Pravin Gordhan. Picture: TREVOR SAMSON
Pravin Gordhan. Picture: TREVOR SAMSON

Nhlamu Dlomu, the new CEO of disgraced auditing firm KPMG SA, hopes to meet SA Revenue Service (Sars) commissioner Tom Moyane in an attempt to iron out their differences over the fallout from the Gupta state capture debacle.

This is one of many meetings Dlomu will have to have in an attempt to repair the firm’s battered image following its withdrawal of a report it compiled in 2015 on the tax authority’s alleged rogue unit.

That report, based on "an extensive document investigative review", resulted in the firm purportedly finding that former finance minister Pravin Gordhan knew, or ought to have known, of the establishment by Sars of an intelligence unit — in contravention of the rule of law — that was "rogue" in nature.

KPMG’s half-hearted attempt at an apology for its misdemeanours — and the resignation of its CEO and seven partners — are only the start of a long journey towards redemption. Investors and consumers of companies that it audits, including Investec, Standard Bank and Barclays Africa, are starting to ask questions about their association with KPMG. Sasfin this week dropped KPMG as its JSE sponsor and auditor after a relationship spanning 18 years. Hulisani followed suit a few hours later.

The evidence in the documentation provided to KPMG SA [by Sars] does not support the interpretation that Gordhan knew, or ought to have known, of the ‘rogue’ nature of this unit

Despite withdrawing its findings on the Sars rogue unit, KPMG is quick to absolve itself of any reputational and economic damage that its actions may have caused.

Questioned for this article, KPMG spokesman Nqubeko Sibiya declined to comment on whether the company accepts responsibility for the reputational damage to SA as an investment destination.

He would also not comment on any damage KPMG’s actions may have caused the people who were fired from their employment at Sars, nor on accepting responsibility for the credit downgrades SA suffered after Gordhan was hounded out of his job. "This was not the intended interpretation of the report," says KPMG.

The finding, together with other spurious allegations against Gordhan, were used by President Jacob Zuma to fire the finance minister in March. Soon thereafter, credit rating agencies cut the sovereign credit rating to junk status.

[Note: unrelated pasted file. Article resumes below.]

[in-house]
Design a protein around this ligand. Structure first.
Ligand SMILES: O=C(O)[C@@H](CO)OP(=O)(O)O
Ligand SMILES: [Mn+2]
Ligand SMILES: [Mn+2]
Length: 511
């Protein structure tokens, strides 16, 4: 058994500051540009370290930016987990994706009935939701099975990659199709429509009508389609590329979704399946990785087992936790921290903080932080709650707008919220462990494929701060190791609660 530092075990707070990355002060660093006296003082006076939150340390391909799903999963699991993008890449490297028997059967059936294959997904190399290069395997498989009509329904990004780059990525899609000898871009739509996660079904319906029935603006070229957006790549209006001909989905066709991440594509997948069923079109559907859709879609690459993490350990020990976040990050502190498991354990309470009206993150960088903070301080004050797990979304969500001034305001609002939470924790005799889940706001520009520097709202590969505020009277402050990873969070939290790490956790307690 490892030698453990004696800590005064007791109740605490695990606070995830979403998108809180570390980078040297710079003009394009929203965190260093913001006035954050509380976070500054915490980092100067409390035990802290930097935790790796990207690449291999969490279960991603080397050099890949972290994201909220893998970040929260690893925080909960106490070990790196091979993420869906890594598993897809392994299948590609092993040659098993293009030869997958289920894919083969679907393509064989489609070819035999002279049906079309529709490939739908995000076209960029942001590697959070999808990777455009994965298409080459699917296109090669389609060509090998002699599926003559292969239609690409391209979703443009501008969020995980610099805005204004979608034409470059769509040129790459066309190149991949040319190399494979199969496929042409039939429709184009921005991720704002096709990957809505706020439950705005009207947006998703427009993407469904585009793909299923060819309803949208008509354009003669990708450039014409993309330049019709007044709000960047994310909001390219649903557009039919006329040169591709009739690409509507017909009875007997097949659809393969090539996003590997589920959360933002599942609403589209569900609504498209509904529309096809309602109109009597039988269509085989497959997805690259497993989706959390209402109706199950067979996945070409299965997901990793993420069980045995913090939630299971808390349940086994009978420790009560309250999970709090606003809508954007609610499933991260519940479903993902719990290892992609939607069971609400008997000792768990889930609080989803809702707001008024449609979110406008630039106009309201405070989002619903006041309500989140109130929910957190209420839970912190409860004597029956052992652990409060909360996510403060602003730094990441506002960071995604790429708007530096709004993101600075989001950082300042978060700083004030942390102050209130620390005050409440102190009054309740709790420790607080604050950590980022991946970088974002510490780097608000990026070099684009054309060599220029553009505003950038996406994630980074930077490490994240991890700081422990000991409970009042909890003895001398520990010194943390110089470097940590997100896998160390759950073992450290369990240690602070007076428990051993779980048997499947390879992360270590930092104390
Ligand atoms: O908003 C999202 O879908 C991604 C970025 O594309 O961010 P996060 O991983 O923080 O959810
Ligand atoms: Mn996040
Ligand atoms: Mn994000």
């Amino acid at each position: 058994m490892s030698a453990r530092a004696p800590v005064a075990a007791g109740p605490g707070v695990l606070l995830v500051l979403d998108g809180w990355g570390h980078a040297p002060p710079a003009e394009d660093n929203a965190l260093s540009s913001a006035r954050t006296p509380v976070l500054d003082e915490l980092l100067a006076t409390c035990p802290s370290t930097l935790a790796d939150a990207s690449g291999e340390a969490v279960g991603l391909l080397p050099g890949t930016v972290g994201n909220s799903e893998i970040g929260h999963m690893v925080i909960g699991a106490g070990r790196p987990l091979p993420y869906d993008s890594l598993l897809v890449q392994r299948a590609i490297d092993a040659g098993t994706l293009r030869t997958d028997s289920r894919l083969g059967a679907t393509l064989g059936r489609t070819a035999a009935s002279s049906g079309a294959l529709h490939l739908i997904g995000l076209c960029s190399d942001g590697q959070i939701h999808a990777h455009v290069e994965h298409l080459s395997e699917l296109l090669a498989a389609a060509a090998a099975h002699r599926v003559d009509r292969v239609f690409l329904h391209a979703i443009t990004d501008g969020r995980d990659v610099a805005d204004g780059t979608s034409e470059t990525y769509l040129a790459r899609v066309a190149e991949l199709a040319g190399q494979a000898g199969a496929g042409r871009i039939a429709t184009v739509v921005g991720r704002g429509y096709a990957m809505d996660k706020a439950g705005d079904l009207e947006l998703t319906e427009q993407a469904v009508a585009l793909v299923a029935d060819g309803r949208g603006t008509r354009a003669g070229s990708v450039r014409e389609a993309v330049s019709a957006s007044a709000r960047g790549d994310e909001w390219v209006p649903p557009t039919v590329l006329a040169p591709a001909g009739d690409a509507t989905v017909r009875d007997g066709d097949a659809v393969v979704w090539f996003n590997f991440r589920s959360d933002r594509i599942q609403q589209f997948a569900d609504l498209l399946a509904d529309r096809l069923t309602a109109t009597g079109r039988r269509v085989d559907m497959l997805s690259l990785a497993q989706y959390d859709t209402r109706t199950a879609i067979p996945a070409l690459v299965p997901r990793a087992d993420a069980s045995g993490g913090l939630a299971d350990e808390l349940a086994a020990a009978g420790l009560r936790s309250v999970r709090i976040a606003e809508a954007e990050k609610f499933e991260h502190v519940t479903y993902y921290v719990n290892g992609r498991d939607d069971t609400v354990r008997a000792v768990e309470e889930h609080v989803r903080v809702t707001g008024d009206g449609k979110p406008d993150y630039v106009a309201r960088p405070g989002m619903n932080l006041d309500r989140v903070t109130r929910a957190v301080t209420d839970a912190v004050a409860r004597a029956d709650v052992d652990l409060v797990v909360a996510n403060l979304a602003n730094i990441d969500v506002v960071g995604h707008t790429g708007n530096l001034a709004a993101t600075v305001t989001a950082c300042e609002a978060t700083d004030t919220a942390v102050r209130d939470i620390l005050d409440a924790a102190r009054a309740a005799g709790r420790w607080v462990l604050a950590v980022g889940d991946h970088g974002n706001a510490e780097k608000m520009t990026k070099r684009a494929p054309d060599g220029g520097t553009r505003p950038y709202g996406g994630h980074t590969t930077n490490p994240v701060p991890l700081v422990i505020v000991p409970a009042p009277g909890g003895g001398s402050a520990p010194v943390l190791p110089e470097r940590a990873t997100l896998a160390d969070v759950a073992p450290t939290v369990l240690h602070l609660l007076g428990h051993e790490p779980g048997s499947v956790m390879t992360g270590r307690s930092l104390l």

Tom Moyane. Picture: TREVOR SAMSON
Tom Moyane. Picture: TREVOR SAMSON

"To be clear, the evidence in the documentation provided to KPMG SA [by Sars] does not support the interpretation that Gordhan knew, or ought to have known, of the ‘rogue’ nature of this unit. We recognise and regret the impact this has had. KPMG SA had no political motivation or intent to mislead," it says.

While protesting its innocence, it is worth noting that KPMG not only lent the credibility of its brand to the allegations against Gordhan and the hounding of him, but that the firm has since January 2016 stood by its report to Sars. In all this time it must have realised that the report could have dire consequences for the country.

In the wake of the collapse of British public relations firm Bell Pottinger, which, alongside KPMG, worked for the Gupta family, the public as well as corporate SA want vengeance.

KPMG has audited Gupta companies since 2002 and, in the process, earned R40m, which it has said it will donate to anticorruption not-for-profit organisations.

However, after investigating itself, KPMG gave itself a clean bill of health. "The investigation concluded there was nothing to indicate that in the delivery of these tax services, KPMG SA, its partners or staff, were involved in any activities of the Gupta family involving potential money laundering, tax evasion, corruption or any other illegal activity," it said.

Gordhan himself is seeking legal advice to deal with what he calls a halfhearted apology. Sars, on the other hand, insists the report stands. It is also seeking legal advice for what it calls defamation by KPMG.

KPMG’s work also affected ordinary people, whose reputations have been severely damaged.

"KPMG, I have only one question. Where do I go to get my name back?" asks Yolisa Pikie, a former Sars employee hounded out for being part of the alleged rogue unit and for his alleged close proximity to Gordhan.

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